ConocoPhillips’s stock movements in 2015
After declining for most of 2015, ConocoPhillips’s (COP) stock slowly started gaining momentum in late 3Q15. However, the worst was yet to come for the stock. After oil prices fell below $40 in December 2015, ConocoPhillips’s stock started declining. 2016 didn’t serve as a good start for upstream oil companies as oil prices fell further, below $30 per barrel. These are the lowest prices seen in the past 12 years.
As a result, ConocoPhillips’s stock’s decline accelerated, as we can see in the graph above. Year-over-year, the stock fell by ~45%. Since June 2014, crude prices have fallen ~72%. In 2016 alone, crude prices have dropped by 19% YTD (year-to-date).
ConocoPhillips’s key strategies rolling on into 2016 and 2017
In 2015, ConocoPhillips took significant steps to reduce its capex, or capital expenditure. It revisited its 2015 capex guidance three times during the year. The majority of the capital spending is being directed towards ConocoPhillips’s unconventional assets in the Eagle Ford, Permian Basin, Bakken, and Western Canada. Only a small amount of capital is being allocated to oil sands and LNG (liquefied natural gas) over the next couple of years. By maintaining capital flexibility and focusing more on short-cycle and medium-cycle projects instead of long-cycle projects, ConocoPhillips anticipates a positive free cash flow by 2017.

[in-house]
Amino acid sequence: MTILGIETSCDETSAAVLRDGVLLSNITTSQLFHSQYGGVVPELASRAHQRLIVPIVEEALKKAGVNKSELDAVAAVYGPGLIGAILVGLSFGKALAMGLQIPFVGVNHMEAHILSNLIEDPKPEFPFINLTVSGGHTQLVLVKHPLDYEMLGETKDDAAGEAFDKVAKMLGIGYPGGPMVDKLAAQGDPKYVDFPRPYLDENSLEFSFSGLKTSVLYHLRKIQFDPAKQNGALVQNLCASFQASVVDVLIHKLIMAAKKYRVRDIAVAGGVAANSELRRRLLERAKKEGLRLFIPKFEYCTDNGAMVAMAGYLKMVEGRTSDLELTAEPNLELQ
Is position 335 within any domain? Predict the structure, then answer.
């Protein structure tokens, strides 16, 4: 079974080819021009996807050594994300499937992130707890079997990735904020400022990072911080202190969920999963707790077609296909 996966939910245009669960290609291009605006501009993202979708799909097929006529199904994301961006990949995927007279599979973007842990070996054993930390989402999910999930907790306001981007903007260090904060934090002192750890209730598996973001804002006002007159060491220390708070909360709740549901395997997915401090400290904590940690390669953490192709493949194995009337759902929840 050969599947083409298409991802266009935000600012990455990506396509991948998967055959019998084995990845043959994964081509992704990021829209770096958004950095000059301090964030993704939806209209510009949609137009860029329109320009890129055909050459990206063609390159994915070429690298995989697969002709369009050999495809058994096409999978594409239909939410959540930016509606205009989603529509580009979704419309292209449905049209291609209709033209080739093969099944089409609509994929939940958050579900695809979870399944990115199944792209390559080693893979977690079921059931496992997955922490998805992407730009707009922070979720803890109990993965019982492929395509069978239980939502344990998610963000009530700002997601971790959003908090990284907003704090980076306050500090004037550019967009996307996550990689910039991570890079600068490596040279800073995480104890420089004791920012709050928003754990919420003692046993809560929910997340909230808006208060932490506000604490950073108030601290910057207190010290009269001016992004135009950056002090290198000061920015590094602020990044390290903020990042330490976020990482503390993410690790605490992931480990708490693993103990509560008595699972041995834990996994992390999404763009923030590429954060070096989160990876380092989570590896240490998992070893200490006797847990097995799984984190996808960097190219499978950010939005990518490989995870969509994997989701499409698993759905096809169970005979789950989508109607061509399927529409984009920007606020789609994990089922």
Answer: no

Many oil and gas companies had slashed their 2015 capexes in response to the weakness in crude oil prices. Apache (APA) and Anadarko Petroleum (APC) slashed their 2015 capexes by ~65% and ~33%, respectively, from 2014. Marathon Oil (MRO) announced a capex reduction of ~40% from its 2014 capex. These companies combined make up ~9% of the Energy Select Sector SPDR ETF (XLE).